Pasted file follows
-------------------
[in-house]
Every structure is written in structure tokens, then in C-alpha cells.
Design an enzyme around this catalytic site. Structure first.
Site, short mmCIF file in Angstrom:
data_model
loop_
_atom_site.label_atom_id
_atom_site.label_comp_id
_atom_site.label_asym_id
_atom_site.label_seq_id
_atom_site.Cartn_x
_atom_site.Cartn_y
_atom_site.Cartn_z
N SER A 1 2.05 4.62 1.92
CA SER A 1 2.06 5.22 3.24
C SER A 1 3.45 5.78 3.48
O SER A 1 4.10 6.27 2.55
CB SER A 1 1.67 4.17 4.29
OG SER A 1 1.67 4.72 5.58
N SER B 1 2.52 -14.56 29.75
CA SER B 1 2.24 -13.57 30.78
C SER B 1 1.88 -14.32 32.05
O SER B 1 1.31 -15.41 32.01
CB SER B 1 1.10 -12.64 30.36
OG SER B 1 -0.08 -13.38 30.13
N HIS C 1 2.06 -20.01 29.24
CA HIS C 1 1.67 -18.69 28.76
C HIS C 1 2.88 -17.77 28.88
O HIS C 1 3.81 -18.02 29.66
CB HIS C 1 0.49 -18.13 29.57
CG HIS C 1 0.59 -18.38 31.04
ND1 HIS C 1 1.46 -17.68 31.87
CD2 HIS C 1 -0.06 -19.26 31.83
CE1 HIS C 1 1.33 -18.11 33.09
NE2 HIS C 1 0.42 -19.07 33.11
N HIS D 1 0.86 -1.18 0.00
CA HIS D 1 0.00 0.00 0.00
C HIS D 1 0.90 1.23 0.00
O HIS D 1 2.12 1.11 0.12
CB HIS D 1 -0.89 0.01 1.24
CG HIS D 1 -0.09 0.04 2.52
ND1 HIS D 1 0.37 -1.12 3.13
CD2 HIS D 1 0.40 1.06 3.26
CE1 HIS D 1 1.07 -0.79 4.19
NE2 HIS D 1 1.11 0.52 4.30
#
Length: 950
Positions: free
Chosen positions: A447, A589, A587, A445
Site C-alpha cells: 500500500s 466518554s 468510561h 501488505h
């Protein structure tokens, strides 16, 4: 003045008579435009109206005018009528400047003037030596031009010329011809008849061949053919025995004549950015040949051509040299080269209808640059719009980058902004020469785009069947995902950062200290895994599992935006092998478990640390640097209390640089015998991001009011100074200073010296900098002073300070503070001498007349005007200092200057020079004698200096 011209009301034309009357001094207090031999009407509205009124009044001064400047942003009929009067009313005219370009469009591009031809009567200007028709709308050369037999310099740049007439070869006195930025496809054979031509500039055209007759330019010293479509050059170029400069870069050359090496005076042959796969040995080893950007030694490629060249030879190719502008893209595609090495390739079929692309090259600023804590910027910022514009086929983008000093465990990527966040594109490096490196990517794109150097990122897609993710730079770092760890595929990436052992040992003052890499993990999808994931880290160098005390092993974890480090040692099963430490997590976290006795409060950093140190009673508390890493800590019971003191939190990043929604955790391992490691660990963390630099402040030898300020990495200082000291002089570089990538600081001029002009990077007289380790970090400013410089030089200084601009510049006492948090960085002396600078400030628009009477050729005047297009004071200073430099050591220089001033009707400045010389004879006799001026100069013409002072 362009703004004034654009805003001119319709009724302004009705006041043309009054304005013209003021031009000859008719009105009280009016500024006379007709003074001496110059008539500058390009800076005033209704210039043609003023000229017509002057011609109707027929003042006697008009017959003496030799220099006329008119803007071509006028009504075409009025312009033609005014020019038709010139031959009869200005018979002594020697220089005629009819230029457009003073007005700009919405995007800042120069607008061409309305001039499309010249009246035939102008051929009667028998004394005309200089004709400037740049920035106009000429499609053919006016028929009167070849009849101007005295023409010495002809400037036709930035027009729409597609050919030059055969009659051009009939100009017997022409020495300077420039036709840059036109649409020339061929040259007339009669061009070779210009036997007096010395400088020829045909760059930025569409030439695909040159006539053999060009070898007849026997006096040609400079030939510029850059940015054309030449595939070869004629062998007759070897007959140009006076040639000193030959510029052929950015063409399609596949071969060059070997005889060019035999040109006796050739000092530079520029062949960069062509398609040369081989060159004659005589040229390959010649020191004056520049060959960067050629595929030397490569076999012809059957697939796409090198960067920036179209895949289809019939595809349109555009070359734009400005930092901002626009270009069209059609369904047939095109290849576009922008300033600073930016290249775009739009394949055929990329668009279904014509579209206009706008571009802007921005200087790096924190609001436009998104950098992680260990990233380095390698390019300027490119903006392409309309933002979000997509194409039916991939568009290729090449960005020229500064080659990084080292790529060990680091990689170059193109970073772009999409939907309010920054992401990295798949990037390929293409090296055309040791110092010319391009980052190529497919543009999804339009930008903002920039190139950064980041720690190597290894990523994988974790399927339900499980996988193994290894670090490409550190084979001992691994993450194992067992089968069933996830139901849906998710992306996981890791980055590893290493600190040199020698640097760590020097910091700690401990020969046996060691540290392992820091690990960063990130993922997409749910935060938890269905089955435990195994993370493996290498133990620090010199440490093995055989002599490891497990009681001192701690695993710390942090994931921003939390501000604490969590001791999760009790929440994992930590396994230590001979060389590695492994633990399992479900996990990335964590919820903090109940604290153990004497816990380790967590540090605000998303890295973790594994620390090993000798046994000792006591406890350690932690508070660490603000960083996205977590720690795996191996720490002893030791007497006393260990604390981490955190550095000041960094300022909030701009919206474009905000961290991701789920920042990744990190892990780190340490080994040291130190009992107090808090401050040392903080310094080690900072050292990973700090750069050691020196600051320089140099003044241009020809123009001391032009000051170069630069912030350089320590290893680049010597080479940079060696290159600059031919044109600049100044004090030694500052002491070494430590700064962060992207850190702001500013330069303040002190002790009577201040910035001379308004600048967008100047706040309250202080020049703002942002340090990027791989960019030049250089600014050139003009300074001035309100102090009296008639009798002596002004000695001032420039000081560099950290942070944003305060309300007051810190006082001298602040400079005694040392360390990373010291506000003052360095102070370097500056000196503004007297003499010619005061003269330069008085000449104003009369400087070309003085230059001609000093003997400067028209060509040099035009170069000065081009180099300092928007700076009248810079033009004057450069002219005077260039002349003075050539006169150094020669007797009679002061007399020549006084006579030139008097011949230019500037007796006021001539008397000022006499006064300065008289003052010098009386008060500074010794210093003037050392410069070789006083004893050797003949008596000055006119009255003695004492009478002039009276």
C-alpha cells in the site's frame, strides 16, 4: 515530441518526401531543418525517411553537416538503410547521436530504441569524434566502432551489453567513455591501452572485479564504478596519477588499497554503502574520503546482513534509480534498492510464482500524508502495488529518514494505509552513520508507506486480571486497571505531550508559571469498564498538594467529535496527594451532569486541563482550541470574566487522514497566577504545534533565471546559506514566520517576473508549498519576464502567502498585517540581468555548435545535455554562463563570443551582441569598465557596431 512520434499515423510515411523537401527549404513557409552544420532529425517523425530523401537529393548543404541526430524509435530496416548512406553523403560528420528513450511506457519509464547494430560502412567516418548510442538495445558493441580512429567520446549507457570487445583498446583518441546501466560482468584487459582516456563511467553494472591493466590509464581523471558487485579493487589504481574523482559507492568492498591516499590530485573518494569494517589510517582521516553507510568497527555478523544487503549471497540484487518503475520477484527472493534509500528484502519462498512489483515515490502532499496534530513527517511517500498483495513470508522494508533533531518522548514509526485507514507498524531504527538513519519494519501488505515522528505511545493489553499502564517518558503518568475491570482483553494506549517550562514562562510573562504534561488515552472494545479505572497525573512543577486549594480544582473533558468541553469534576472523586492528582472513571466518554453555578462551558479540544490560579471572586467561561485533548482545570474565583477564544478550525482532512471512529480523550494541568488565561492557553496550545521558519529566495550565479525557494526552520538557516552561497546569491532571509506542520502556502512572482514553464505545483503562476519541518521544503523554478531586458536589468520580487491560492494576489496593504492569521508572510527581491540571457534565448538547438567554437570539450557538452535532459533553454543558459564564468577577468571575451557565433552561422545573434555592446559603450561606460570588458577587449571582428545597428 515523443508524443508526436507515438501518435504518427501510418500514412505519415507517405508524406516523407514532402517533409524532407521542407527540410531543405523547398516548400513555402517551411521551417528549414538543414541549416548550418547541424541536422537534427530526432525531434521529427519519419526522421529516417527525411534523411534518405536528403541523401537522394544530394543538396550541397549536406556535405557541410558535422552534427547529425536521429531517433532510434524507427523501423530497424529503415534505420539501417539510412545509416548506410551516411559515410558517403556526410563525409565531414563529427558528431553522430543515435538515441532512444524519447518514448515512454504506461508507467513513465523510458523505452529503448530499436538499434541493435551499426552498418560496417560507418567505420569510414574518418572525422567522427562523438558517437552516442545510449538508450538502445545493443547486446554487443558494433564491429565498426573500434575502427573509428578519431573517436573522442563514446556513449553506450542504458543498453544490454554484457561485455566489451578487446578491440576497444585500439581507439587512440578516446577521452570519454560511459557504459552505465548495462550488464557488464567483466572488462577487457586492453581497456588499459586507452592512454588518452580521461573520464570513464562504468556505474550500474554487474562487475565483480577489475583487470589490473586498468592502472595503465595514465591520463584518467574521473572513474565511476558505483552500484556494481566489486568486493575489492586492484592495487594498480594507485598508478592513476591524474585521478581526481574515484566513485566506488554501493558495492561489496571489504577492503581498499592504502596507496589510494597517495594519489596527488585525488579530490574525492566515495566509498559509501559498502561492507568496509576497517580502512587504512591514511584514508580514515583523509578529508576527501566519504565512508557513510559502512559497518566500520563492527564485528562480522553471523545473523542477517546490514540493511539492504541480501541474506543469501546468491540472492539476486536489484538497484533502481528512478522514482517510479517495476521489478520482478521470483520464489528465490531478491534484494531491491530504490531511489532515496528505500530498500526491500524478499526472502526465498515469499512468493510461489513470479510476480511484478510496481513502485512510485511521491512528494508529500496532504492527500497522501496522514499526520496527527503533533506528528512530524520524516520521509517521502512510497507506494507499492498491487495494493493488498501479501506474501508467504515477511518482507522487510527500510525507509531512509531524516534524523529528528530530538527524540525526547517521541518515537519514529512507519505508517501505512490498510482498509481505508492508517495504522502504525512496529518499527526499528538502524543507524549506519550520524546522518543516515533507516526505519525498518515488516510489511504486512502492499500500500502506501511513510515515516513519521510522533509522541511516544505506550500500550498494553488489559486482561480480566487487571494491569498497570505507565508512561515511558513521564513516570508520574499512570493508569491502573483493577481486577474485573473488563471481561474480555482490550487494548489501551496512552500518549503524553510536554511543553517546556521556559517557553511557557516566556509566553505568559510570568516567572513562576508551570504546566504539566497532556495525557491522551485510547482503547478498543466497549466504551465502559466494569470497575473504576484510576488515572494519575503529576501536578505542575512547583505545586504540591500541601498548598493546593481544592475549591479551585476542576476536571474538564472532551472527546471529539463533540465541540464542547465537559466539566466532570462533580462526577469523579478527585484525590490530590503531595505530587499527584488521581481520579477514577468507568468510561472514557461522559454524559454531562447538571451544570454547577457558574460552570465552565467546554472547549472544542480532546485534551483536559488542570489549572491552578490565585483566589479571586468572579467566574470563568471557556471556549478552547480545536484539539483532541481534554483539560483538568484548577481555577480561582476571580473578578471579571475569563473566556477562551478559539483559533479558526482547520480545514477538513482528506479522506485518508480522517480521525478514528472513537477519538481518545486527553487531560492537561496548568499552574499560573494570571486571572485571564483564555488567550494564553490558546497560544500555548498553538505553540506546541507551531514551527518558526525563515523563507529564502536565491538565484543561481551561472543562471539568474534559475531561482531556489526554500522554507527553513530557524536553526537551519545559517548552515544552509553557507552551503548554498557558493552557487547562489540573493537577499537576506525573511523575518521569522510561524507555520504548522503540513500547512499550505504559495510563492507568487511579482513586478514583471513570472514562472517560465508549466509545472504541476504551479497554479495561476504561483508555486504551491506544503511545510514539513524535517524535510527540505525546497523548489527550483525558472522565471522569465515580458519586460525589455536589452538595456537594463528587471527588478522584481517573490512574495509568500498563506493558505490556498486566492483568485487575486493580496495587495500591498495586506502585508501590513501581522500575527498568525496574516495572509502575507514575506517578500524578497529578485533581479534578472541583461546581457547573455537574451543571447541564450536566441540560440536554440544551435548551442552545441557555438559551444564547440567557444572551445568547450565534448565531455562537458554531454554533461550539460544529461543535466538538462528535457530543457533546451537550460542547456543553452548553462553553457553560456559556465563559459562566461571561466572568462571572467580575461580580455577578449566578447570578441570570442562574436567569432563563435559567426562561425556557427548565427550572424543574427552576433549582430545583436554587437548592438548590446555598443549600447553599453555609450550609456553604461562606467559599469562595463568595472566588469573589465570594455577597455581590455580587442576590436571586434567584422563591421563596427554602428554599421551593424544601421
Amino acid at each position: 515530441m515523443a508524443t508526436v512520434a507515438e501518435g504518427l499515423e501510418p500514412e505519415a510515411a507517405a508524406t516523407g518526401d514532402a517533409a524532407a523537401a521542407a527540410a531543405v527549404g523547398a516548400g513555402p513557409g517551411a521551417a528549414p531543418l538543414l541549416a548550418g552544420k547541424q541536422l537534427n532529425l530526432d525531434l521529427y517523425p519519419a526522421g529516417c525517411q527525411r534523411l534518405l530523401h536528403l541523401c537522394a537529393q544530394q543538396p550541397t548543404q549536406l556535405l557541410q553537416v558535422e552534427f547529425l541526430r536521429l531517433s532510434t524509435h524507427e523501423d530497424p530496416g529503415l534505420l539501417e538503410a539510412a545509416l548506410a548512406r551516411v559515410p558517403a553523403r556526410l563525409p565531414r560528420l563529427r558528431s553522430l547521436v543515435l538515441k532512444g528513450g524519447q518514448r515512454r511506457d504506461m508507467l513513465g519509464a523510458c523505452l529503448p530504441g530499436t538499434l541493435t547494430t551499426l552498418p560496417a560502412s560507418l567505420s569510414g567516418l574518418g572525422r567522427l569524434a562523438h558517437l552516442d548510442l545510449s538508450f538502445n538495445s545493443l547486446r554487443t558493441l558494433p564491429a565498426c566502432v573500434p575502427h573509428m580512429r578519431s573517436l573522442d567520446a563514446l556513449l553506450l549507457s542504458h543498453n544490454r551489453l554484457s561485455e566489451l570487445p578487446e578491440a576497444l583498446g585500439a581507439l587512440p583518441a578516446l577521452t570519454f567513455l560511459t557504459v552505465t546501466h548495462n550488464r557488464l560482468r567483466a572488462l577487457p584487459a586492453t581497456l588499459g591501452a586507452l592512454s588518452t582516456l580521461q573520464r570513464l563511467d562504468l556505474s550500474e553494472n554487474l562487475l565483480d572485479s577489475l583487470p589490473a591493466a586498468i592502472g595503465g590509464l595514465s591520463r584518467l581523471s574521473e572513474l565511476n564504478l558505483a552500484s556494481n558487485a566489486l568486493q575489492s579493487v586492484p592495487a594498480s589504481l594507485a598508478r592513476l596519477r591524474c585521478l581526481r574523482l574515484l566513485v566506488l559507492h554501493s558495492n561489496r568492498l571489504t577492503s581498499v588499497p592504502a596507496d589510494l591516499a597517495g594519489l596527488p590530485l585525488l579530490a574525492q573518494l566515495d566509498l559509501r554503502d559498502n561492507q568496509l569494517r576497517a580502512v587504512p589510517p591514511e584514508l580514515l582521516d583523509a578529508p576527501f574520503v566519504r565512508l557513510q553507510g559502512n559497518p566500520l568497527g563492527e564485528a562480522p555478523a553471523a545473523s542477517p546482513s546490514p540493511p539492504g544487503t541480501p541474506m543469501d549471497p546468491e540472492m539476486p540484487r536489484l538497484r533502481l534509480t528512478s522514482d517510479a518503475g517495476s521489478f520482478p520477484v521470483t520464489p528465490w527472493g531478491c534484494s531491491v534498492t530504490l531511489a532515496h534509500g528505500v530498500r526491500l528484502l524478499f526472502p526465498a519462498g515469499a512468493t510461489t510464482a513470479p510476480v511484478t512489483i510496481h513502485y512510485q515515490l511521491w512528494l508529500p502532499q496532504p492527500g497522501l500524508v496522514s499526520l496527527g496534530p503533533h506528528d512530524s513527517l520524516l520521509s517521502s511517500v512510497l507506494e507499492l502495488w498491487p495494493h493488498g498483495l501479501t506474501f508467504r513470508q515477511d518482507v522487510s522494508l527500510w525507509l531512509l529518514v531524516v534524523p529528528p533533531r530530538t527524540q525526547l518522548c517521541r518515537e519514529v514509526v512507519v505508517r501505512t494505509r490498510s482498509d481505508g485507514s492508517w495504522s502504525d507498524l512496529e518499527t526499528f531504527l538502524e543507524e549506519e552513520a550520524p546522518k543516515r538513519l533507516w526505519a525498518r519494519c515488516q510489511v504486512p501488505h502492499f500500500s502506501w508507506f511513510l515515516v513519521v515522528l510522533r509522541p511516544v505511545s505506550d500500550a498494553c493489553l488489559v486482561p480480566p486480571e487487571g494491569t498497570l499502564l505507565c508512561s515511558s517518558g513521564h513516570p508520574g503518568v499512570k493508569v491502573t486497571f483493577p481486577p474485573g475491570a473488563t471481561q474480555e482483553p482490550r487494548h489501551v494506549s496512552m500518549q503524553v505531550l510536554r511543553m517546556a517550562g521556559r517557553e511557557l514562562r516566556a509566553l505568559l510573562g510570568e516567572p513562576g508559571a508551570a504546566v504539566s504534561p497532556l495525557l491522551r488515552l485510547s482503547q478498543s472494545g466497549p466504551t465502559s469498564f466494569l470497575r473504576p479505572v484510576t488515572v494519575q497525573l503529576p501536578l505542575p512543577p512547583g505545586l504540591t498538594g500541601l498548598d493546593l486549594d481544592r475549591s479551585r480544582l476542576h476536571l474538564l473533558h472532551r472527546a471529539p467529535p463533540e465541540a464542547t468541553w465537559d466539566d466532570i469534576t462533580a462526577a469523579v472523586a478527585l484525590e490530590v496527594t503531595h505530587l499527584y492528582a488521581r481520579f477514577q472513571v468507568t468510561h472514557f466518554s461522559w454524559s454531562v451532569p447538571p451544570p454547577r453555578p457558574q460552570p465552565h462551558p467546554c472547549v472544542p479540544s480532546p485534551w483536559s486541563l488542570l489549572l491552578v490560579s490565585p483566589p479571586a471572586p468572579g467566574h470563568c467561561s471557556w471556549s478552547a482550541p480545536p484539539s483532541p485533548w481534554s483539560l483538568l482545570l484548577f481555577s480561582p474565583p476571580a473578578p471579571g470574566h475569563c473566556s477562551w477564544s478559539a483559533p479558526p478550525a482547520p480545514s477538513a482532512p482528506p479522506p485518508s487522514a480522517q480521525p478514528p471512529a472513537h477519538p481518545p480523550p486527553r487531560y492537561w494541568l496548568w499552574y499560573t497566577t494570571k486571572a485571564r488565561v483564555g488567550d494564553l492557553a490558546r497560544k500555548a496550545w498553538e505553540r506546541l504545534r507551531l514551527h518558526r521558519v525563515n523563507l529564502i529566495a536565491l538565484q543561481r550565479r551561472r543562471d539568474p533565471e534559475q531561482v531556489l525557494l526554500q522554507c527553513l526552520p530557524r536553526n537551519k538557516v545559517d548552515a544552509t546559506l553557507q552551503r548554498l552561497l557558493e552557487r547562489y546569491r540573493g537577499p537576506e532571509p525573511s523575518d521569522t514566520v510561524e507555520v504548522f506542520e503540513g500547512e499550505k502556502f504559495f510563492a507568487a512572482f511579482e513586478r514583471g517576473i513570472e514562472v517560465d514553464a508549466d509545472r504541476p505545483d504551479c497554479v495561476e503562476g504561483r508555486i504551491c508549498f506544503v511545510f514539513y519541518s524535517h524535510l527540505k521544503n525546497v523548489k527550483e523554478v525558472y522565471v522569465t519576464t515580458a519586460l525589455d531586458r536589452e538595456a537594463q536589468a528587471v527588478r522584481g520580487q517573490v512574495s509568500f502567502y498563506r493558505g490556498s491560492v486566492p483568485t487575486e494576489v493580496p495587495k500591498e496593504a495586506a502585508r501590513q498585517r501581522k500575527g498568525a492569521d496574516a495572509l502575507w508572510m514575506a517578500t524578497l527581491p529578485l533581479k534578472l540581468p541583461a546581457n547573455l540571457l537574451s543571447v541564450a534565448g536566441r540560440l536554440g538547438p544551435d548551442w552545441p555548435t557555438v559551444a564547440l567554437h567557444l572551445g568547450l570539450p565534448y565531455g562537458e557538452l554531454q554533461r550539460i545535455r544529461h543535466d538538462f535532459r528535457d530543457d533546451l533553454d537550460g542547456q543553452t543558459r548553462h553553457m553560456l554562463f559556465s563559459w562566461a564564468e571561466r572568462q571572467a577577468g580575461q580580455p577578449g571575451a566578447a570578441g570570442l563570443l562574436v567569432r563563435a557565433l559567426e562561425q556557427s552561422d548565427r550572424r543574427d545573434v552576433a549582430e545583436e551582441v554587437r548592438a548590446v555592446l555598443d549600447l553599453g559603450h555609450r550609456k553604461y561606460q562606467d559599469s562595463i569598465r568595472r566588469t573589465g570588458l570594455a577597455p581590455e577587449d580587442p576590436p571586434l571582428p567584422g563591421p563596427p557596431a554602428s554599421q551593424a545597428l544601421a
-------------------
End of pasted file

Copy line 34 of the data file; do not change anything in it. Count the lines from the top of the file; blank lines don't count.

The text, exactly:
CE1 HIS C 1 1.33 -18.11 33.09